The House debate started about 2:20 and even before Speaker Fox opened the session, the emotion of the reforms and, in particular, the failure of the bill to address plans run by cities and towns, bubbled. Warwick Republican Rep. Joseph Trillo and Lincoln Rep. Peter Petrarca engaged in a shouting match with Mattiello taking it in and defending Petrarca’s argument that the municipalities be left out of the bill. The face-off was accompanied by a lot of hand waving.

“We’re all Italians, we talk with our arms,” Trillo concluded when the flare-up quieted down. In the end, all three legislators voted for the bill.

As the House leadership held off efforts to amend the bill, the Senate convened.

“The action is all over there,” Senator Michael McCaffrey said pointing in the direction of the House when asked whether the Senate would approve the bill. In fact, the Senate had finished its business before the vote in the House. The Senate approved the bill 34-2, with two Senators not voting. In the House it passed 57-15, with three not voting.

All Warwick Senators and Representatives voted for the reform package with the exception of Rep. Robert Flaherty, who was absent.

The only amendment apart from the correction of typos and wording clarifications to the bill approved by the Senate and House Finance Committees was an amendment enabling more than one firm or company to manage the defined contribution aspect of employee retirement accounts. The state will solicit requests for proposals to manage and invest the millions of dollars that will flow into the plan.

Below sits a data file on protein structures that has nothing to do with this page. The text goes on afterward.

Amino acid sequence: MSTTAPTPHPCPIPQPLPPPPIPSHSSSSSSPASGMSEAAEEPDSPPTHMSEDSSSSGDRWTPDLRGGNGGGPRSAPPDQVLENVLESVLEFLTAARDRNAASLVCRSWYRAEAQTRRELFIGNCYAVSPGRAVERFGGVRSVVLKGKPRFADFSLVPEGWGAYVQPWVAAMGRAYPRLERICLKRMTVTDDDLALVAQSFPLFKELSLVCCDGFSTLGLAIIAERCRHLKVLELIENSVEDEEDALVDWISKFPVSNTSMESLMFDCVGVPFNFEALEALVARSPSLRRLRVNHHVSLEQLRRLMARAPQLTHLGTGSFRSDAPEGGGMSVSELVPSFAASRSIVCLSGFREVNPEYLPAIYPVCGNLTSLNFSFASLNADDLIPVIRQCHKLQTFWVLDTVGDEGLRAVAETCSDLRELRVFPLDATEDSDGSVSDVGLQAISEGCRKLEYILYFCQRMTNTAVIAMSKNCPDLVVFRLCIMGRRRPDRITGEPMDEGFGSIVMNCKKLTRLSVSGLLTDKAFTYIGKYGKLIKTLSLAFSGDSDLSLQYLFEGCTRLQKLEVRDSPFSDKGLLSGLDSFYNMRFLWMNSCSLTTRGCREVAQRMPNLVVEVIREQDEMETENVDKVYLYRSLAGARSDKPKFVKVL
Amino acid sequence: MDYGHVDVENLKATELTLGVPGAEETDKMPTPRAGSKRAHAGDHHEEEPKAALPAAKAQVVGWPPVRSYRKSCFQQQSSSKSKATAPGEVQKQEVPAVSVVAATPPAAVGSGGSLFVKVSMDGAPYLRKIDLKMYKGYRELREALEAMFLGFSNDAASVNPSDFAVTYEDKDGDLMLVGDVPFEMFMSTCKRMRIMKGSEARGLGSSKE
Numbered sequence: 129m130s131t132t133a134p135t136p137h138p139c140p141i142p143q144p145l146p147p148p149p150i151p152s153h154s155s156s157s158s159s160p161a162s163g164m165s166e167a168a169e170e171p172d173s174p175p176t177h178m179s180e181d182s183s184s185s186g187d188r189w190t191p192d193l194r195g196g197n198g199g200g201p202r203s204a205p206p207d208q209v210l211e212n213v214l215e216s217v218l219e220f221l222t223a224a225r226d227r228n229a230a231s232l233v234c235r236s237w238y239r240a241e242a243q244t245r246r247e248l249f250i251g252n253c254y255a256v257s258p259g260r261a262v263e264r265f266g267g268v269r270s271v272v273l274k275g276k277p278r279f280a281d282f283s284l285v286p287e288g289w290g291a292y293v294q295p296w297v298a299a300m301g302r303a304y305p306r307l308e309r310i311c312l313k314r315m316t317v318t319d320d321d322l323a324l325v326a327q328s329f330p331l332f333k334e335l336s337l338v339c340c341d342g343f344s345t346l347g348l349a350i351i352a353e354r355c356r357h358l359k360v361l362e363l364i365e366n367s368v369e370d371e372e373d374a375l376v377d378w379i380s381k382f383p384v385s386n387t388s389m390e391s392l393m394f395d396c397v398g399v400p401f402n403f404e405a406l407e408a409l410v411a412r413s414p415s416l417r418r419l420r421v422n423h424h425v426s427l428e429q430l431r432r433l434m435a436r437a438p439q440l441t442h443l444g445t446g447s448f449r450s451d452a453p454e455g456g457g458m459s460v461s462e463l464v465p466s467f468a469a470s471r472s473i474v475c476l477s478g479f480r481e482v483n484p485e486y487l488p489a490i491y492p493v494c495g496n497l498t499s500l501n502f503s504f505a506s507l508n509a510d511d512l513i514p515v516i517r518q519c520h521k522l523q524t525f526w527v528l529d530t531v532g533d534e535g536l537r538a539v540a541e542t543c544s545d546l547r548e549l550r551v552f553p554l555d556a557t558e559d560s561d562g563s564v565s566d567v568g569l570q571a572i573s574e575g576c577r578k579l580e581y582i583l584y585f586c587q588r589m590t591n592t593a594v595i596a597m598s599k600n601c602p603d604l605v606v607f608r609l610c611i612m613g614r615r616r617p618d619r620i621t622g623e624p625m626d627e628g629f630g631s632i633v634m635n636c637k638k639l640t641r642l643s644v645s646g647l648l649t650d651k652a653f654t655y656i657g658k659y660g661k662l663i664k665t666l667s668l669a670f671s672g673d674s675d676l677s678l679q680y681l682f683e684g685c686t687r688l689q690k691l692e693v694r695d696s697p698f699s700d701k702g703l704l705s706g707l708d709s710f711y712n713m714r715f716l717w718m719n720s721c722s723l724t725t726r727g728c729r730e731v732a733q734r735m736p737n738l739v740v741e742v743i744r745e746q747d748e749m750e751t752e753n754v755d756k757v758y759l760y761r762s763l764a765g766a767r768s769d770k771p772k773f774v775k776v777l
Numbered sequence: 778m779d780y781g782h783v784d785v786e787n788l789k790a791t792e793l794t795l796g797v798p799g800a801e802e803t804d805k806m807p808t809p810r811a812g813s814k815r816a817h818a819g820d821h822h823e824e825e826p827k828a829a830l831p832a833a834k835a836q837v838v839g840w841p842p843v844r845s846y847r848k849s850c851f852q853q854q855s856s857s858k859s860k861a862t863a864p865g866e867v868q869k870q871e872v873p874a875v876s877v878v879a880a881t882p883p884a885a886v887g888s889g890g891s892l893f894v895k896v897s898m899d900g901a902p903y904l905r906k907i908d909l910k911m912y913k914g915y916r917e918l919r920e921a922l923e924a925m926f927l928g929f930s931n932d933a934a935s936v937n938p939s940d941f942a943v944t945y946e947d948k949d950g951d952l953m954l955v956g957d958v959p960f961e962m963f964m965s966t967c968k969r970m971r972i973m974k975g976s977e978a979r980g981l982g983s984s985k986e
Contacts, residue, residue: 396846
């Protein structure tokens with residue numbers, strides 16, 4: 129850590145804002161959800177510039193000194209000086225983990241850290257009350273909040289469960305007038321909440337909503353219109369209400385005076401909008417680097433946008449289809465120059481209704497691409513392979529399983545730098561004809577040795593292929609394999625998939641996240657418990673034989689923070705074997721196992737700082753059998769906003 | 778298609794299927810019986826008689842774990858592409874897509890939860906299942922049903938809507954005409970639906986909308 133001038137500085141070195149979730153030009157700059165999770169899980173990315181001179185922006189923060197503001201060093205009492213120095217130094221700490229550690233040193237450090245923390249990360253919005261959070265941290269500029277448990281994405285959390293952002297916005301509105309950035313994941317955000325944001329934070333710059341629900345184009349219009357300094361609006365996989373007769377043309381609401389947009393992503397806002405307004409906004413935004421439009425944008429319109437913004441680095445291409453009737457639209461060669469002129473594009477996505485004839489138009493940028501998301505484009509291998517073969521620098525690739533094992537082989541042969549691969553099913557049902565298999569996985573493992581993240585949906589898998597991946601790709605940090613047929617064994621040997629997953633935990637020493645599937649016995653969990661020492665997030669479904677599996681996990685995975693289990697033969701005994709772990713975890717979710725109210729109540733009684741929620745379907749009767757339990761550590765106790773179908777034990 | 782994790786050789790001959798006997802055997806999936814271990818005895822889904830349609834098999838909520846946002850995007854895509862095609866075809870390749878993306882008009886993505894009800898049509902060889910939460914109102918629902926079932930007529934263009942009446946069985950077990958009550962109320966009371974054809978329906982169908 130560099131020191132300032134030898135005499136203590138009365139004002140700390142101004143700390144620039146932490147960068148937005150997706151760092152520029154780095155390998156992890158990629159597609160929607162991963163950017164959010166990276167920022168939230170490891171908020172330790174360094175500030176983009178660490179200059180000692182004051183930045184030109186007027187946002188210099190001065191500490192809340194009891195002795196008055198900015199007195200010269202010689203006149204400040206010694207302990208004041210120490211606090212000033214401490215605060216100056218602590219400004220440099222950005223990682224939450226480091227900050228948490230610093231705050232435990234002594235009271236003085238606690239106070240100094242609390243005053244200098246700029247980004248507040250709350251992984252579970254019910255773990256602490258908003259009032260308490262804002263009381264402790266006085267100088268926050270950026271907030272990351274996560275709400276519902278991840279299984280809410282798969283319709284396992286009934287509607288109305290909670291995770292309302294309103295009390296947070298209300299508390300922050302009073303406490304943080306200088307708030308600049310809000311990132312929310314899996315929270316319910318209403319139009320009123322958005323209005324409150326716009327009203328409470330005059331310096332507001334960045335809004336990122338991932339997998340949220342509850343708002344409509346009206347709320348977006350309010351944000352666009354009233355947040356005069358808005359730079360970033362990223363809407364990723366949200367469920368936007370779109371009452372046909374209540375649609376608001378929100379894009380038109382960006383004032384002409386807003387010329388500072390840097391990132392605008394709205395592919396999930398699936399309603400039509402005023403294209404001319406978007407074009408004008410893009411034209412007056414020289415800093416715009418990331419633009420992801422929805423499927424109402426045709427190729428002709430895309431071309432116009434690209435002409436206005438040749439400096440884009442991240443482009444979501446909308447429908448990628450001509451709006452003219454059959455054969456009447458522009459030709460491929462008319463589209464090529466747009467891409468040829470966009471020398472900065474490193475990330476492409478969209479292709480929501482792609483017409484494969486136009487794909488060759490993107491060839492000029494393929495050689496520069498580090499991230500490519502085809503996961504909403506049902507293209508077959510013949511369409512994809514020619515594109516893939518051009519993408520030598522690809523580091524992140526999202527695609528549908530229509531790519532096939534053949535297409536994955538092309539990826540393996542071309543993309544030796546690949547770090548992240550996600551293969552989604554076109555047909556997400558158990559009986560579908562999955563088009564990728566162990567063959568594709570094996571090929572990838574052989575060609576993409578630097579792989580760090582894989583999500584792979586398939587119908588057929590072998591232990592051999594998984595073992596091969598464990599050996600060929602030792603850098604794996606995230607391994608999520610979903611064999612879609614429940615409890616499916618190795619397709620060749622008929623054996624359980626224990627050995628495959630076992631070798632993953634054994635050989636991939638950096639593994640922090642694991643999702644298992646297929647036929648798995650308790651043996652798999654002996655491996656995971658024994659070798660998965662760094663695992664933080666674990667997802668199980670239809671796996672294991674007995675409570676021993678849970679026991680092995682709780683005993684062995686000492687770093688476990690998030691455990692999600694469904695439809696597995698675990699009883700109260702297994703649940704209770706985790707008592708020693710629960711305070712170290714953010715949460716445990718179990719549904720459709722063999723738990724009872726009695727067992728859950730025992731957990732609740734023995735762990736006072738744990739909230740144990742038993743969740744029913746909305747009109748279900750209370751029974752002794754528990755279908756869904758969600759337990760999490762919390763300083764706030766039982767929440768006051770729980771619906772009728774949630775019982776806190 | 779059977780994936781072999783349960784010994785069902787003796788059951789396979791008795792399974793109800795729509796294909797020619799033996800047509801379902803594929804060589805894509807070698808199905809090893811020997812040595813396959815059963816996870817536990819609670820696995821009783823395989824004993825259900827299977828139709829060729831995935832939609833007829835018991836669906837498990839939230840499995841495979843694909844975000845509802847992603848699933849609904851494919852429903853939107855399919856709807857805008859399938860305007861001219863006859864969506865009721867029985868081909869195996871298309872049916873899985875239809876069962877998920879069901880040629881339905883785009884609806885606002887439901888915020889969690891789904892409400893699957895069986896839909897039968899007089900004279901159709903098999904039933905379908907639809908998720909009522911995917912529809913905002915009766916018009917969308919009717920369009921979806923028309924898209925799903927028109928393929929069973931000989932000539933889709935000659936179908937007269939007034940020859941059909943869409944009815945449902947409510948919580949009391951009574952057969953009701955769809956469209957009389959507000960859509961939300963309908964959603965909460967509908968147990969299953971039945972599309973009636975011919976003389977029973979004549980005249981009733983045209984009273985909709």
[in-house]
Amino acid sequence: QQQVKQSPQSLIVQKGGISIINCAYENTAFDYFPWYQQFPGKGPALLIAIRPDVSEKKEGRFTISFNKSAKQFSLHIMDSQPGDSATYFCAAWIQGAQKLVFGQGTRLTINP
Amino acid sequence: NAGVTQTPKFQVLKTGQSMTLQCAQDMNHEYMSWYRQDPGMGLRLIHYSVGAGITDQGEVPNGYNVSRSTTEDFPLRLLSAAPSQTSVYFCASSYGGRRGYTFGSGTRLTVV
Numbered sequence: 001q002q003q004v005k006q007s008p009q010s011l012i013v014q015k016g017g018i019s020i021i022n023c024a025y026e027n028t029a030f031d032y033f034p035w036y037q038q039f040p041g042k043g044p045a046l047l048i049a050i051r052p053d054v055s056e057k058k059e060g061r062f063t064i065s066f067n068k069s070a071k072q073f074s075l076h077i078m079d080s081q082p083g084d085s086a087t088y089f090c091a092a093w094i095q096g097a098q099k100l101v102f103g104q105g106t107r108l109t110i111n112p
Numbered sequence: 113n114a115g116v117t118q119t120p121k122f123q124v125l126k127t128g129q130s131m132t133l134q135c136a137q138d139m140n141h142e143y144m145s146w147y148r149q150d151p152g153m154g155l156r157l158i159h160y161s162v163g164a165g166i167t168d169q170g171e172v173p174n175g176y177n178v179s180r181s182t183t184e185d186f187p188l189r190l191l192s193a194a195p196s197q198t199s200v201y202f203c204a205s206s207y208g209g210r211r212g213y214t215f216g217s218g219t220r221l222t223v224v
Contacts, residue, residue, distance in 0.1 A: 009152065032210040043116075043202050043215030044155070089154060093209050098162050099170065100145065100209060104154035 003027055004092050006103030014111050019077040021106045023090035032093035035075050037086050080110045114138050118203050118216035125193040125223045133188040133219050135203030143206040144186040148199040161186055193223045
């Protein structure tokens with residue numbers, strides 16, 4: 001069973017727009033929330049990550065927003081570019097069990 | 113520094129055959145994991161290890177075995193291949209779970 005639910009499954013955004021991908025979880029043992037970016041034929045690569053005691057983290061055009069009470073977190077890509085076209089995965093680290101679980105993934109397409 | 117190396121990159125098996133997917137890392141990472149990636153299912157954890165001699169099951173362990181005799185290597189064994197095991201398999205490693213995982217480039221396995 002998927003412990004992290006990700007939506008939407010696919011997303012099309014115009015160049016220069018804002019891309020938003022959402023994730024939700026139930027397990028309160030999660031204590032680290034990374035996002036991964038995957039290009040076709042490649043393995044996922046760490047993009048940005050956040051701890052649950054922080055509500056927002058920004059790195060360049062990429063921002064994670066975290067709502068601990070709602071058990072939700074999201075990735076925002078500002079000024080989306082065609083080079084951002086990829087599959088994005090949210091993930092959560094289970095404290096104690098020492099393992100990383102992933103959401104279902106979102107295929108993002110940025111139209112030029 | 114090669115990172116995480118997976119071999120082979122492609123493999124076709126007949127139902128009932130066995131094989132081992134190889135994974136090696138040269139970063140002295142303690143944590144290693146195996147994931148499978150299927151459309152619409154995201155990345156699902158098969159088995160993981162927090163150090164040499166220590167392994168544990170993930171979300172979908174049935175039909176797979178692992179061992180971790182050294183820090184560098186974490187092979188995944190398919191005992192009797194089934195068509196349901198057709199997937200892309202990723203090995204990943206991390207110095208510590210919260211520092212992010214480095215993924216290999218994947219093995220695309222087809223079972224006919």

“This is a happy Thanksgiving from elected officials,” J. Michael Downey, president of Council 94 of the American Federation of State County and Municipal Employees, said from the State House basement cafeteria where he and several union members watched proceedings on Capitol TV.

“When they’re done with us we won’t be buying turkeys, we’ll be buying chickens,” he added.

Asked why the governor’s efforts to include provisions enabling municipalities to suspend COLAs in their plans failed, Downey speculated legislators don’t want to incur the wrath of their hometown police and firefighters in the upcoming election year. And he questioned how lawmakers could turn a blind eye to municipal plans, which he said in one case is only 16 percent funded.

By contrast, he said, the Municipal Employees Retirement System (MERS) that most state workers are in is funded at 71 percent.

“They’re punishing the people in MERS,” he said.

With the outcome of a vote apparent Thursday evening, some state workers were calculating what it would mean for them. One of those is a member of the Capitol Police, who has a pension from the year he spent on a local police force plus Social Security. He was looking for his state pension to provide an extra little boost. Now, he lamented, it looks like he’ll be working at least an additional two years before pulling out of Rhode Island for his dream home in the Southwest.